become compacted to take the ever-increasing traffic.
The War Memorial stands outside near the South entrance and is made of
granite in the form of a Cornish Cross. The names of the men of Holsworthy
who were killed in the two World Wars are engraved on the plinth stones
to their memory.
At the lower corner of the Churchyard there is a flight of steps that
lead down to Church Lane and to a former Rectory, now known as No 1, 2
and 3 Church Cottages. Later a small house was bought for the Rectory
on the opposite side of the main road at the north side of the Square.
This property has been enlarged twice, the latest addition having been
carried our by the Reverend George Wright Thornton when large rooms in
the front were added and the Portico built. There were extensive grounds
comprising an unusual Labyrinth or Maze, a walled fruit and vegetable
garden, lawns and tennis court. The Rector employed a coachman, two gardeners
and three domestic servants. This became too much to keep up and in 1947
the Holsworthy Urban District Council bought the house and grounds. Most
of the garden is now used for a car park. Part was used for road widening
and also provided the site for the Memorial Hall. The house is now known
as the Manor Office and is used mainly as offices and provides a room
for the Holsworthy Museum.
The present Rectory, a large and imposing limestone building, stands at
the end of Bodmin Street, which is the road to Derriton. A bungalow for
the assistant Priest was built at West View in 1968, which is now let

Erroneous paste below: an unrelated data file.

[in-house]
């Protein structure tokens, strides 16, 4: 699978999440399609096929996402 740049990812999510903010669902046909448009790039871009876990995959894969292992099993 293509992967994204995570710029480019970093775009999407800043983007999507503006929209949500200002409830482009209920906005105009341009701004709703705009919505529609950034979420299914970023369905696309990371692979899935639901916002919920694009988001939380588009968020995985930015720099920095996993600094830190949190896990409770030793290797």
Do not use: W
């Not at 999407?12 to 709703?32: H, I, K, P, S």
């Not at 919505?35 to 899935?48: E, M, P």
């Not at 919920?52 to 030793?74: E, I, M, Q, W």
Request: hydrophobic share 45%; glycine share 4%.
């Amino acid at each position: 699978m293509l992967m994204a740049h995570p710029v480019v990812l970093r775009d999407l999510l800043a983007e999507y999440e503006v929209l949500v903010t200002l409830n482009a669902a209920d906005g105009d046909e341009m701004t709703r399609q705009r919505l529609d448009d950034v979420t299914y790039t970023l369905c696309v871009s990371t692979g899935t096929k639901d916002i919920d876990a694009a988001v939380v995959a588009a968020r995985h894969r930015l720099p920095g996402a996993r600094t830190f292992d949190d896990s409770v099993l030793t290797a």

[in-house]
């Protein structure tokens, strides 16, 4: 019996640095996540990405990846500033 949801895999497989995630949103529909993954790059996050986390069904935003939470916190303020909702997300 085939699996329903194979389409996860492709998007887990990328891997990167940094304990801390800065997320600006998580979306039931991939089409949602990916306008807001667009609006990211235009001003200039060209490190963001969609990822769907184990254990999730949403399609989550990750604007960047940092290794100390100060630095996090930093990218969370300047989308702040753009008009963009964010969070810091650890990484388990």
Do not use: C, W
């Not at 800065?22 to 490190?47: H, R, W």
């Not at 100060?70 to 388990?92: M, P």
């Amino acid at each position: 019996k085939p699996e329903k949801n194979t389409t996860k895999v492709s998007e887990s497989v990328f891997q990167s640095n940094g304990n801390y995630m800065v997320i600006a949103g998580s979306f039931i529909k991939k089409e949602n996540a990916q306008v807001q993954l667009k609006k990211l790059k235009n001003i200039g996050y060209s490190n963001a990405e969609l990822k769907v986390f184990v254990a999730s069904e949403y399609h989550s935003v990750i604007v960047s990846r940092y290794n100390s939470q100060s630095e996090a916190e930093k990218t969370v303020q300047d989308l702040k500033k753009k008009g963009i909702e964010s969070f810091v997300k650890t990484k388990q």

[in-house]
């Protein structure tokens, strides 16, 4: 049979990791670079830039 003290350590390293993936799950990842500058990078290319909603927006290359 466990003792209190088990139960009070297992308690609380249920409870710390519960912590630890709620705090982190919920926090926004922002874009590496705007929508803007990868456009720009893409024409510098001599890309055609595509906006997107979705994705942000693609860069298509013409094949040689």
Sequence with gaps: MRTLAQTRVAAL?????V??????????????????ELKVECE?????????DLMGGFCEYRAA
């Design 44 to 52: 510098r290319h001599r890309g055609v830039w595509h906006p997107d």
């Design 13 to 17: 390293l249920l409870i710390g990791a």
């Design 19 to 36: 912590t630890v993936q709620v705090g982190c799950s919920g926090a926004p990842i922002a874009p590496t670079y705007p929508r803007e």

at the discretion of the Parish County Council (PCC).
The jambs of the inner doorway of the Porch are Norman. On both sides
there are interesting carvings thought to have come from the remains of
the original Oratory and to have been incorporated into the walls of the
Porch. One is a carving of a lamb beneath a cross and under which is a
bracket and a lily. The other seems to be worked in a different stone
and is a bracket with carved work over it.
The South Aisle
The South Aisle has five massive octagonal columns with pointed arches
dating from the fourteenth century. The bases are of ashlar granite and
the rest of sandstone.
The font was erected at a cost of £30 in 1884. It replaced an earlier
much more interesting one of Norman origin.
Some of the pews were removed from the east of the aisle in 1961 and an
oak alter was placed there as a memorial by the family of Mr and Mrs W
T Kivell. Above the alter is a crucifix carved by a German who was detained
in Holsworthy Prisoner of War (POW) camp during the Second World War.
The crucifix was given to the Church on his repatriation. The stained
glass window is a memorial to John Cory, a mercer, who died in 1675. Beside
this window there is an old slate slab in the wall over the tomb of Theophilus
Dennis 1691. It shows clearly the Dennis coat of arms of three Danish
battle-axes. He was a descendant of Walter le Dennis, the founder of the
Trewyn Chantry. There is an interesting tablet on the south wall of Benedictus
Marwood Kelly 1836 a lawyer and the last of the private bankers in Holsworthy
and to his wife Mary (formally Coham). It reads, "He left to his
family a rich inheritance in example of a life of industry unremitting
of probity unsullied an piety most sincere". It was his wealthy son,
Admiral B M Kelly, who founded and endowed Kelly College Tavistock.
The Nave is 16.3 meters long and 5.8 meters wide. At the west end, on
each side of the belfry, massive stone walls jut out into the Church and
these may be the original end of the Norman building. It is also probable
that there was a Gallery here. The arch above is a fine example of Early
Gothic. A new large plate glass screen, with oak doors, separates the
belfry from the Nave. This was a gift from Mr and Mrs Norman Clark in
Hung either side of the Belfry door are two hand painted glass windows
depicting the nativity and the annunciation they were made by extracting
dyes from vegetable matter and clothing by Italian prisoners of war around